From the Museum Gardens, we also crossed over the River Ouse to take a short walk along the City Walls. It was the only access we found without steps, but there maybe more. We didn’t go far along it, as part of it didn’t have railings and our 3 year old can be a little unpredictable. It is another free attraction in York, and provides a great opportunity to see the city from a different angle.
The National Railway Museum was on our York family bucket list and is advertised as a free attraction in York. Our daughter is a huge fan of trains so it was a no brainer. We walked to the National Railway Museum, but noticed there was a land train you could catch that took you between York Minister and the visitor centre. We thought we would catch it on the way back, to save all our legs after a busy day!
When we arrived at the National Railway Museum, we joined a queue and were directed to a till. I was asked if I wanted to make a donation, but advised the attraction was free to enter. When I’ve visited other free attractions, there have been donation boxes provided, and I’m usually happy to make a donation under these circumstances.
As I was put on the spot, I offered £6 for our family which I felt was reasonable, until I’d been around the museum.
Don’t get me wrong, this is an amazing attraction and you can easily spend a day here. I was impressed with the number of trains, the number of exhibitions they had and the play areas they provided for small children.
That all being said, for a free attraction, this ended up being the most costly part of our weekend in York. We found the miniature railway, and of course Indie really wanted to have a go. For our 3 year old and I to take a trip on the miniature railway at the National Railway Museum was £5. This felt a little inflated to me.
Also you need to be aware there is no where local to grab lunch near the National Railway Museum. I was hoping we could eat at a cafe nearby or grab some sandwiches. I asked a museum assistant who advised there was nothing, but pointed us in the direction of the Mallard Cafe. With hungry kids in tow this was our only option. For 2 children’s sandwich boxes, 2 pulled pork sandwiches and a couple of drinks, we paid the princely sum of £26.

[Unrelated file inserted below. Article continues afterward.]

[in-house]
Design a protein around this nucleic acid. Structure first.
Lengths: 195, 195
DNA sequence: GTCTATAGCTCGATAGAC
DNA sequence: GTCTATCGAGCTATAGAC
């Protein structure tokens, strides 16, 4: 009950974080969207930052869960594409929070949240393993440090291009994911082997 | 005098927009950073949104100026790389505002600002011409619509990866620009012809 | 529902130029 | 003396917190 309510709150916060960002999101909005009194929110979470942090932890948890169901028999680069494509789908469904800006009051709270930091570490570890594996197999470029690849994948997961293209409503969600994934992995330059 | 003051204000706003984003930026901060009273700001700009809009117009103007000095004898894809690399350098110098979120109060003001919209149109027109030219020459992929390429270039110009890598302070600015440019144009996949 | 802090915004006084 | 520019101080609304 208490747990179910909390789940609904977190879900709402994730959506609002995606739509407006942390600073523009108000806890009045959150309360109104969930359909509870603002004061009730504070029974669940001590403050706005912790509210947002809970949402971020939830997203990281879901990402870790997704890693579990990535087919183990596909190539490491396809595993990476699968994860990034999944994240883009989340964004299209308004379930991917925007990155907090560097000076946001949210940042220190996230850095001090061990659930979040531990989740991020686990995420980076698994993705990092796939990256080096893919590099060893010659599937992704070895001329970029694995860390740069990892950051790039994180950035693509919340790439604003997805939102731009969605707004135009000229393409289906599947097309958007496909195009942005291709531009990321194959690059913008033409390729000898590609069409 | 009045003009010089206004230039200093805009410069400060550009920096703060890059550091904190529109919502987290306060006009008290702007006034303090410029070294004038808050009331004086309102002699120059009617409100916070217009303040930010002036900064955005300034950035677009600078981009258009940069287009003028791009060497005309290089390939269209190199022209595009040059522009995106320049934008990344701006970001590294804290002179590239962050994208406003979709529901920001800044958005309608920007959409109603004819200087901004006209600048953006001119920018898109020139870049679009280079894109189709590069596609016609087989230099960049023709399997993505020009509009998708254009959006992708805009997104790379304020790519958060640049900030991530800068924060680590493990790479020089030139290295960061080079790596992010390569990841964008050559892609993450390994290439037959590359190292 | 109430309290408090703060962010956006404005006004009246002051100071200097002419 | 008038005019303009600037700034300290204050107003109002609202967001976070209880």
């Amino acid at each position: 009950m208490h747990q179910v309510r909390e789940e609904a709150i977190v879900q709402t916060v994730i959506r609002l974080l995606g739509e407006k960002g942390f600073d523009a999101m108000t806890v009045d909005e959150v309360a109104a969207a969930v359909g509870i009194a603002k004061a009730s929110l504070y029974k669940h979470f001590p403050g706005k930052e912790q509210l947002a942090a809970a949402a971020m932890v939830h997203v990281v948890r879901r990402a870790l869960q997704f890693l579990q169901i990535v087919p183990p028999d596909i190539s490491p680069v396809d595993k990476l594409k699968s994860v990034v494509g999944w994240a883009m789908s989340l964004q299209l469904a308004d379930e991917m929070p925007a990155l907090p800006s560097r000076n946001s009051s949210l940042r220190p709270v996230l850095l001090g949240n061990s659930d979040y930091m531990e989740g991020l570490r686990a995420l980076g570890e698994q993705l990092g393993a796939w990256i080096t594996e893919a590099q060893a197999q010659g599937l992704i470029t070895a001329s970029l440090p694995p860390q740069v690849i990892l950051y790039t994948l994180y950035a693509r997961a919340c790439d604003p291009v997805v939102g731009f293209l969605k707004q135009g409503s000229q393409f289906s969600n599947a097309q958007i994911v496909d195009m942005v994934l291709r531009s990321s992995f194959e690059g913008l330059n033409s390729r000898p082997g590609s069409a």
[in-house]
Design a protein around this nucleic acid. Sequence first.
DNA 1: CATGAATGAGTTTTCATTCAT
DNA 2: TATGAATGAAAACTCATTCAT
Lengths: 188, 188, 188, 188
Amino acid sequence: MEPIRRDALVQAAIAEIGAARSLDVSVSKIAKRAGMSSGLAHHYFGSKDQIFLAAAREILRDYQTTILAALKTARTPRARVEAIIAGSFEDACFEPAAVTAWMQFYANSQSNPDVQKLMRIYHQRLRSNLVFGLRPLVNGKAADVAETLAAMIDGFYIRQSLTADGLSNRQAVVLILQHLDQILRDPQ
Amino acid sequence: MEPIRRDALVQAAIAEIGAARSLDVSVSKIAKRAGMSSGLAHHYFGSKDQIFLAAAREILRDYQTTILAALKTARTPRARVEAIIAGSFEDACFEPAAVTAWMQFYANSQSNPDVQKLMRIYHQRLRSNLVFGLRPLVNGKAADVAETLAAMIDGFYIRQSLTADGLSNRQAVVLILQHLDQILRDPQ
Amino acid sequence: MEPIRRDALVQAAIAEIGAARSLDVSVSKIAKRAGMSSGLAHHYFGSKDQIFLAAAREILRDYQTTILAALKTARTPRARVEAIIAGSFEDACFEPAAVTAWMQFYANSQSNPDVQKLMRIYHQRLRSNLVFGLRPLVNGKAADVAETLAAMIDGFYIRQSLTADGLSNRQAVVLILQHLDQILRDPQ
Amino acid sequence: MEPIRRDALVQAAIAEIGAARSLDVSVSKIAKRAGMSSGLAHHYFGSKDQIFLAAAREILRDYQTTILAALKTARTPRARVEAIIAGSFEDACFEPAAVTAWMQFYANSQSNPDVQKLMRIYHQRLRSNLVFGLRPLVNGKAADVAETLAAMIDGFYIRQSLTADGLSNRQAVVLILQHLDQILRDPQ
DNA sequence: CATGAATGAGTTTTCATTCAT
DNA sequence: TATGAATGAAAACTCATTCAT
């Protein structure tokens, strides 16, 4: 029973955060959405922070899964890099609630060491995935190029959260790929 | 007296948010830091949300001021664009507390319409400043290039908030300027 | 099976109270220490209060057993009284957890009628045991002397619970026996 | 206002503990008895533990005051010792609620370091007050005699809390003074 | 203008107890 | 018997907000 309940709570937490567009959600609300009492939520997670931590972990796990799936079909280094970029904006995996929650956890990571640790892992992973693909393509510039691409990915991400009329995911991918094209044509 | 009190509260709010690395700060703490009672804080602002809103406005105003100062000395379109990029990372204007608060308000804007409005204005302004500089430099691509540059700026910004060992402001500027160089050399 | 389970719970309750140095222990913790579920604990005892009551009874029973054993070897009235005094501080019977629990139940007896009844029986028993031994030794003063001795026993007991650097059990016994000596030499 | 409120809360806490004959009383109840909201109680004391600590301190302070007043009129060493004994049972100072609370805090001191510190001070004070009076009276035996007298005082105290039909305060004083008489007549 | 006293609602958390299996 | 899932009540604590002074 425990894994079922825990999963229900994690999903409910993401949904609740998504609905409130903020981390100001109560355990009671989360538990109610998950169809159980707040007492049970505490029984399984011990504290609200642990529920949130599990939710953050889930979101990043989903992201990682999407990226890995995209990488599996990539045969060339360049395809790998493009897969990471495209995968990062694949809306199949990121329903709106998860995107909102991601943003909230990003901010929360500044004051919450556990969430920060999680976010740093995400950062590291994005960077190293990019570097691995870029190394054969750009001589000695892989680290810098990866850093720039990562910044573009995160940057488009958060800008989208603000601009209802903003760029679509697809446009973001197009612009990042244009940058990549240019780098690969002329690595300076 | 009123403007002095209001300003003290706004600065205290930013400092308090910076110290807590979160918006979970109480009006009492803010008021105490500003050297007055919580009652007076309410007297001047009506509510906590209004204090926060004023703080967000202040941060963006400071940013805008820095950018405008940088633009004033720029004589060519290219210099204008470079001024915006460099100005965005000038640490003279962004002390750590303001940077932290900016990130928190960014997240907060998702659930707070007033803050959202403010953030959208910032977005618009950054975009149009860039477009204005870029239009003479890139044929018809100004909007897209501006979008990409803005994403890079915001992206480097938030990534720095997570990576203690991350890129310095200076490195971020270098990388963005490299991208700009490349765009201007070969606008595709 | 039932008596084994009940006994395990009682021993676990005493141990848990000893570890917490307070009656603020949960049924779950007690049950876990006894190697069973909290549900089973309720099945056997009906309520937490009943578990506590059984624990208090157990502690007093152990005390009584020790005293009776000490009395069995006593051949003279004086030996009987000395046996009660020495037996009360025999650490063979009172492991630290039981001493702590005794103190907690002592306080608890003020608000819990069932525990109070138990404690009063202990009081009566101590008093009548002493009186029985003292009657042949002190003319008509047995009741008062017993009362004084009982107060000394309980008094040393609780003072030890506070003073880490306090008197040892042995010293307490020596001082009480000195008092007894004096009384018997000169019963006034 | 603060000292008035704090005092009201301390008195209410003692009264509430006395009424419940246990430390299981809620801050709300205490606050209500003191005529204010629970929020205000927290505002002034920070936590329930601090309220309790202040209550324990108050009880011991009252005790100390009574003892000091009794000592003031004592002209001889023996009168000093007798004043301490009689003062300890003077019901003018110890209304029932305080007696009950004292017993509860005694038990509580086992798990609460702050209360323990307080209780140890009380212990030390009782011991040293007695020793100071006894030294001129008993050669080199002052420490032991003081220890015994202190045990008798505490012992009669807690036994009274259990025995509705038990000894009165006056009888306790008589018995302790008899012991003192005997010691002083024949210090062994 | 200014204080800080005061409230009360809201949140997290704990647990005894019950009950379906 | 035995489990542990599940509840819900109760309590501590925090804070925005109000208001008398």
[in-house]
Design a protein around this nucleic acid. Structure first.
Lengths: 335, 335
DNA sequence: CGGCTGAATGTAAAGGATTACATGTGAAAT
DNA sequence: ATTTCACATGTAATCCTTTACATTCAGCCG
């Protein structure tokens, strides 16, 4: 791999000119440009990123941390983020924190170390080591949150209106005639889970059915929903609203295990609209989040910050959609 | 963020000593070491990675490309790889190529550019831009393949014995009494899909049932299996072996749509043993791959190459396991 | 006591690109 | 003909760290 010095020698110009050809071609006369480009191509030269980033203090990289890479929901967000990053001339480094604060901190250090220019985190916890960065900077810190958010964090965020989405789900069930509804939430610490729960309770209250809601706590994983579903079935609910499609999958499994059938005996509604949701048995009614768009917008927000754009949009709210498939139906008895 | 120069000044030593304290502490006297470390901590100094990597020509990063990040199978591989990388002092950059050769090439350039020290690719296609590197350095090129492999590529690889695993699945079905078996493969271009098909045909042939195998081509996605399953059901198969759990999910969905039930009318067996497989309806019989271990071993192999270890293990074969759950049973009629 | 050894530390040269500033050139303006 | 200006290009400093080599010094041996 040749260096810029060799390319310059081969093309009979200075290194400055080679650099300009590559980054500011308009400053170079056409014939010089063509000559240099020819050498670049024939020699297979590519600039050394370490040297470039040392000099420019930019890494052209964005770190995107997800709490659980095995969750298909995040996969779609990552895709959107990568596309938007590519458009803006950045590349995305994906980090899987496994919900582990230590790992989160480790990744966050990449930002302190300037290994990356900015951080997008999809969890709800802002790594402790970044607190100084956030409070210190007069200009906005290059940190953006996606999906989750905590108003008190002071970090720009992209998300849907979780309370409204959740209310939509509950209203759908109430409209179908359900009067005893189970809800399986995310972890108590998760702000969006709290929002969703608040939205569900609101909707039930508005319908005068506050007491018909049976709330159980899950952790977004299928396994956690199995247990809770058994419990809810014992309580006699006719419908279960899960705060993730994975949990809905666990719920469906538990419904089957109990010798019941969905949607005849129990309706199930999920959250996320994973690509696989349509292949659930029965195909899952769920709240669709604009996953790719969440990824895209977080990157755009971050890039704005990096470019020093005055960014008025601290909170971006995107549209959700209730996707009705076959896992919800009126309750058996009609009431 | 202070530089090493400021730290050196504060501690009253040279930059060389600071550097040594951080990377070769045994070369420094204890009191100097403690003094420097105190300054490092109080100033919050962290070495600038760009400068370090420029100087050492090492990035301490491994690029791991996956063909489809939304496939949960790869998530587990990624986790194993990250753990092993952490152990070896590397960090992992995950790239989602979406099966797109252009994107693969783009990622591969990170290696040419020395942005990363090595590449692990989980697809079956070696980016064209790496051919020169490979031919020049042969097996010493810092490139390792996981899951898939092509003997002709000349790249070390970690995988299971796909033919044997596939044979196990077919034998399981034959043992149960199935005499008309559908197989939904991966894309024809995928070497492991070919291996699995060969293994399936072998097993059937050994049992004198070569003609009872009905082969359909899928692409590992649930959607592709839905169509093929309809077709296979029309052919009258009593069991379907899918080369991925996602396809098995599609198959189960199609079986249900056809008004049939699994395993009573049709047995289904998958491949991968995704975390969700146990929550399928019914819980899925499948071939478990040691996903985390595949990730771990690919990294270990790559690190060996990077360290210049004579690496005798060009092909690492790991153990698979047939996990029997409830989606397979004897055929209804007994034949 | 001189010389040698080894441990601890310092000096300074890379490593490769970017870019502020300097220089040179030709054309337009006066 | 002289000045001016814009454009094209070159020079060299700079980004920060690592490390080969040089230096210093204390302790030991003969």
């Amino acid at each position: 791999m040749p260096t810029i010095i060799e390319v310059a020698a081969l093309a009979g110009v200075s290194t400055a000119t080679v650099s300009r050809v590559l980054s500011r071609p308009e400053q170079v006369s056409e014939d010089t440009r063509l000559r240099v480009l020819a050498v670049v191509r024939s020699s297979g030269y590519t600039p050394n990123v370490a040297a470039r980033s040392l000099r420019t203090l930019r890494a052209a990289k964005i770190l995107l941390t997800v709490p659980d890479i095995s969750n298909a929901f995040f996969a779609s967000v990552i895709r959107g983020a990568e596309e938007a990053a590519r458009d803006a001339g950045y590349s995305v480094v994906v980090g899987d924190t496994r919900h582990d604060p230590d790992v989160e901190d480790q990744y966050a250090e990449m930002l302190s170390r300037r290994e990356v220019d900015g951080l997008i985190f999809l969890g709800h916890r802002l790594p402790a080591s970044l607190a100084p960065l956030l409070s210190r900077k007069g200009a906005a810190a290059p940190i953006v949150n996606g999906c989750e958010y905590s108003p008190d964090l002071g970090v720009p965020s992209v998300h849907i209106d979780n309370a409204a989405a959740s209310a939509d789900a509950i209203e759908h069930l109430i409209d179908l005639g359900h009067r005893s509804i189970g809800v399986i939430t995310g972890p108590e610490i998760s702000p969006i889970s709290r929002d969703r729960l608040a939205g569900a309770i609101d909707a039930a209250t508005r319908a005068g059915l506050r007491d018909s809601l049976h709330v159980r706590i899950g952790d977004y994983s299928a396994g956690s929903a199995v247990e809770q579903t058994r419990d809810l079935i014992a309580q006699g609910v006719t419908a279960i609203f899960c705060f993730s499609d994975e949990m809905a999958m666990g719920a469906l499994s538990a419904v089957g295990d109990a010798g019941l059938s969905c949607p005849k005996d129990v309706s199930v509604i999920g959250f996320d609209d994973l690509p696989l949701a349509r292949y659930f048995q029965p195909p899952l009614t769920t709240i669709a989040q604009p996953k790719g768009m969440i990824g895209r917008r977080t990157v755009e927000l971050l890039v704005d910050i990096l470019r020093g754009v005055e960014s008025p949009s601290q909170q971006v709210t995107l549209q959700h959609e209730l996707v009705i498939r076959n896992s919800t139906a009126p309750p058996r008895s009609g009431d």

Other parts of the National Railway Museum also had charges attached to them, like the Mallard Express simulator and different events that were taking place throughout the day. We caught the train back to York Minster after our visit to the National Railway Museum, and the fares were £2 per adult, £1 per child and under 2’s are free. Our total fare back to York Minister was £6.
If I’d have known how much the day was going to cost us in advance, I wouldn’t have been so quick to hand over my donation. Here’s how to make the best of your visit to the National Railway Museum on a budget.
Tips For A Free Day Out At The National Railway Museum In York
- Take a picnic, as there is no where to get food nearby. The cafes and dining room are pricey.
- Don’t feel pressured into making a donation, it is free to enter.
- Be aware that there are several things at the National Railway Museum that cost money that you and your family may want to enjoy. This may effect whether you want to make a donation or not.
It is a great attraction, and we had a lovely day here, but it cost a lot more than we thought it was going to. If you have a train enthusiast in your family you have to visit here, it is an amazing day out, but it’s only free if you are prepared. We easily could have spent more time here, as we didn’t get round it all during our visit, and we would definitely visit again, but with a picnic hamper next time.
As a city of such National interest, I was disappointed that the York Museum and recently reopened art gallery didn’t provide free admission, like similar attractions in other UK cities. When I compare it to what is on offer in London or what we were able to enjoy on our recent visit to Liverpool, I was a little disappointed. York seems to be all about cashing in on it’s global visitors.